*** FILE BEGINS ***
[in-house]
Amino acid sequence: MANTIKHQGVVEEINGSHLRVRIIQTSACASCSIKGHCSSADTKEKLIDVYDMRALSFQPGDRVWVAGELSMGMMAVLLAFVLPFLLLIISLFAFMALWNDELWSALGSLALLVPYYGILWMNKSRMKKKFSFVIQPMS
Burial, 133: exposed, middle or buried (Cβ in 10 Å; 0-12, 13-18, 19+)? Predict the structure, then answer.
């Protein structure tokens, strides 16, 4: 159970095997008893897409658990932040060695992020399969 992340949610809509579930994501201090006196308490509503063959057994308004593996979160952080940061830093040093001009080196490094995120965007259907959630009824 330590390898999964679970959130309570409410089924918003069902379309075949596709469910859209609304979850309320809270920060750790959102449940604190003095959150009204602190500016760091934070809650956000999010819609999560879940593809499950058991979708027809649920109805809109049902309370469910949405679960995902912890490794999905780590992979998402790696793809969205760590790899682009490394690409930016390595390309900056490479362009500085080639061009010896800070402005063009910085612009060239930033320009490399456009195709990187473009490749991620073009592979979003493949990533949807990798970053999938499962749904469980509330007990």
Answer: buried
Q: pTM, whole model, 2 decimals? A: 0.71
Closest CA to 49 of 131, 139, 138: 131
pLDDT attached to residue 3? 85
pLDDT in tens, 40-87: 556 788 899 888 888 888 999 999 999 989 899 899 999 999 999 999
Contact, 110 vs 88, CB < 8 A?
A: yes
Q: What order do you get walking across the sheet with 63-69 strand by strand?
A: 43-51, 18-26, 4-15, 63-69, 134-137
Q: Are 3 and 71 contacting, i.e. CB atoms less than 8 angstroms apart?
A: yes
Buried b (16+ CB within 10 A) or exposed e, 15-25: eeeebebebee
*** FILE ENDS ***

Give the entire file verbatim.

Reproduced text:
[in-house]
Amino acid sequence: MANTIKHQGVVEEINGSHLRVRIIQTSACASCSIKGHCSSADTKEKLIDVYDMRALSFQPGDRVWVAGELSMGMMAVLLAFVLPFLLLIISLFAFMALWNDELWSALGSLALLVPYYGILWMNKSRMKKKFSFVIQPMS
Burial, 133: exposed, middle or buried (Cβ in 10 Å; 0-12, 13-18, 19+)? Predict the structure, then answer.
């Protein structure tokens, strides 16, 4: 159970095997008893897409658990932040060695992020399969 992340949610809509579930994501201090006196308490509503063959057994308004593996979160952080940061830093040093001009080196490094995120965007259907959630009824 330590390898999964679970959130309570409410089924918003069902379309075949596709469910859209609304979850309320809270920060750790959102449940604190003095959150009204602190500016760091934070809650956000999010819609999560879940593809499950058991979708027809649920109805809109049902309370469910949405679960995902912890490794999905780590992979998402790696793809969205760590790899682009490394690409930016390595390309900056490479362009500085080639061009010896800070402005063009910085612009060239930033320009490399456009195709990187473009490749991620073009592979979003493949990533949807990798970053999938499962749904469980509330007990």
Answer: buried
Q: pTM, whole model, 2 decimals? A: 0.71
Closest CA to 49 of 131, 139, 138: 131
pLDDT attached to residue 3? 85
pLDDT in tens, 40-87: 556 788 899 888 888 888 999 999 999 989 899 899 999 999 999 999
Contact, 110 vs 88, CB < 8 A?
A: yes
Q: What order do you get walking across the sheet with 63-69 strand by strand?
A: 43-51, 18-26, 4-15, 63-69, 134-137
Q: Are 3 and 71 contacting, i.e. CB atoms less than 8 angstroms apart?
A: yes
Buried b (16+ CB within 10 A) or exposed e, 15-25: eeeebebebee